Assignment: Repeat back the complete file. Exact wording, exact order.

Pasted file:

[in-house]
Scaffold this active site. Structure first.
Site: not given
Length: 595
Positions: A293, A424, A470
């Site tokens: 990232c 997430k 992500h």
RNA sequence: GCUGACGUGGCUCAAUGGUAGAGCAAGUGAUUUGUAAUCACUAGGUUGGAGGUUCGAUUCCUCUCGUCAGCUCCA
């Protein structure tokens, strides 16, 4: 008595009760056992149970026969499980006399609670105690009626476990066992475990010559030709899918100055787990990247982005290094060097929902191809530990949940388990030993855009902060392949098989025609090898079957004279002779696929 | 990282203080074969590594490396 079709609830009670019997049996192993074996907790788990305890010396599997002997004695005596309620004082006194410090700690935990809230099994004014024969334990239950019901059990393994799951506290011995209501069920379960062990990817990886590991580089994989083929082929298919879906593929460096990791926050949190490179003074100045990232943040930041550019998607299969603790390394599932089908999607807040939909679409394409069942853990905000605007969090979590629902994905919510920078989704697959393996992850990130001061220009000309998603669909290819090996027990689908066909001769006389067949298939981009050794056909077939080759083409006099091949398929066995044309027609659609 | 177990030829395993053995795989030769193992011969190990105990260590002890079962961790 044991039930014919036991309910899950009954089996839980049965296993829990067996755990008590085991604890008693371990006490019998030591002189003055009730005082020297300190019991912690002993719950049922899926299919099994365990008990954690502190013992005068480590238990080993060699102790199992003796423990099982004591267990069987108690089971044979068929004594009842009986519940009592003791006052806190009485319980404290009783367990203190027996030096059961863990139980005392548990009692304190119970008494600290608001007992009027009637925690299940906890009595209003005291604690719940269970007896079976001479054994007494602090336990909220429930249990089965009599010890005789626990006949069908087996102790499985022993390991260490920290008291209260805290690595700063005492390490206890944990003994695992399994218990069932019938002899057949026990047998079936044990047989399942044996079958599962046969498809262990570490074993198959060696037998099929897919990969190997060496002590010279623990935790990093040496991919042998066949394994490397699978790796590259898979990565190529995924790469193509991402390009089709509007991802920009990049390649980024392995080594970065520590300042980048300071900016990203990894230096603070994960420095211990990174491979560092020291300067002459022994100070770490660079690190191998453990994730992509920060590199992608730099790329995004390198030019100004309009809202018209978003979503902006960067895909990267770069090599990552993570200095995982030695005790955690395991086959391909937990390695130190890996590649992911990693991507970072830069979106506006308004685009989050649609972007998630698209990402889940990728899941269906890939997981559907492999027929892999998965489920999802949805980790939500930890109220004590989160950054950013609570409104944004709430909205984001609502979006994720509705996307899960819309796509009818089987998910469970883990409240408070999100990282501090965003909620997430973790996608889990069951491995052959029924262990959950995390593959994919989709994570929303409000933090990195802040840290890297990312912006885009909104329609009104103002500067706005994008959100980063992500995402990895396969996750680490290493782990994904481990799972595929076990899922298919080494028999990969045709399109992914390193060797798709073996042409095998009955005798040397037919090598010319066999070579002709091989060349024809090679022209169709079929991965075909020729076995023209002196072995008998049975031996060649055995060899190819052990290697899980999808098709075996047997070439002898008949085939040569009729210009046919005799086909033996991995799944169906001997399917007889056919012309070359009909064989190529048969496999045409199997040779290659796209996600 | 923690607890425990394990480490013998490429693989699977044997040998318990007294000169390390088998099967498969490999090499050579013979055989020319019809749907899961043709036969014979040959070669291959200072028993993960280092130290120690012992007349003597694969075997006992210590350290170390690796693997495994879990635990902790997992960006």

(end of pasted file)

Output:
[in-house]
Scaffold this active site. Structure first.
Site: not given
Length: 595
Positions: A293, A424, A470
């Site tokens: 990232c 997430k 992500h």
RNA sequence: GCUGACGUGGCUCAAUGGUAGAGCAAGUGAUUUGUAAUCACUAGGUUGGAGGUUCGAUUCCUCUCGUCAGCUCCA
């Protein structure tokens, strides 16, 4: 008595009760056992149970026969499980006399609670105690009626476990066992475990010559030709899918100055787990990247982005290094060097929902191809530990949940388990030993855009902060392949098989025609090898079957004279002779696929 | 990282203080074969590594490396 079709609830009670019997049996192993074996907790788990305890010396599997002997004695005596309620004082006194410090700690935990809230099994004014024969334990239950019901059990393994799951506290011995209501069920379960062990990817990886590991580089994989083929082929298919879906593929460096990791926050949190490179003074100045990232943040930041550019998607299969603790390394599932089908999607807040939909679409394409069942853990905000605007969090979590629902994905919510920078989704697959393996992850990130001061220009000309998603669909290819090996027990689908066909001769006389067949298939981009050794056909077939080759083409006099091949398929066995044309027609659609 | 177990030829395993053995795989030769193992011969190990105990260590002890079962961790 044991039930014919036991309910899950009954089996839980049965296993829990067996755990008590085991604890008693371990006490019998030591002189003055009730005082020297300190019991912690002993719950049922899926299919099994365990008990954690502190013992005068480590238990080993060699102790199992003796423990099982004591267990069987108690089971044979068929004594009842009986519940009592003791006052806190009485319980404290009783367990203190027996030096059961863990139980005392548990009692304190119970008494600290608001007992009027009637925690299940906890009595209003005291604690719940269970007896079976001479054994007494602090336990909220429930249990089965009599010890005789626990006949069908087996102790499985022993390991260490920290008291209260805290690595700063005492390490206890944990003994695992399994218990069932019938002899057949026990047998079936044990047989399942044996079958599962046969498809262990570490074993198959060696037998099929897919990969190997060496002590010279623990935790990093040496991919042998066949394994490397699978790796590259898979990565190529995924790469193509991402390009089709509007991802920009990049390649980024392995080594970065520590300042980048300071900016990203990894230096603070994960420095211990990174491979560092020291300067002459022994100070770490660079690190191998453990994730992509920060590199992608730099790329995004390198030019100004309009809202018209978003979503902006960067895909990267770069090599990552993570200095995982030695005790955690395991086959391909937990390695130190890996590649992911990693991507970072830069979106506006308004685009989050649609972007998630698209990402889940990728899941269906890939997981559907492999027929892999998965489920999802949805980790939500930890109220004590989160950054950013609570409104944004709430909205984001609502979006994720509705996307899960819309796509009818089987998910469970883990409240408070999100990282501090965003909620997430973790996608889990069951491995052959029924262990959950995390593959994919989709994570929303409000933090990195802040840290890297990312912006885009909104329609009104103002500067706005994008959100980063992500995402990895396969996750680490290493782990994904481990799972595929076990899922298919080494028999990969045709399109992914390193060797798709073996042409095998009955005798040397037919090598010319066999070579002709091989060349024809090679022209169709079929991965075909020729076995023209002196072995008998049975031996060649055995060899190819052990290697899980999808098709075996047997070439002898008949085939040569009729210009046919005799086909033996991995799944169906001997399917007889056919012309070359009909064989190529048969496999045409199997040779290659796209996600 | 923690607890425990394990480490013998490429693989699977044997040998318990007294000169390390088998099967498969490999090499050579013979055989020319019809749907899961043709036969014979040959070669291959200072028993993960280092130290120690012992007349003597694969075997006992210590350290170390690796693997495994879990635990902790997992960006």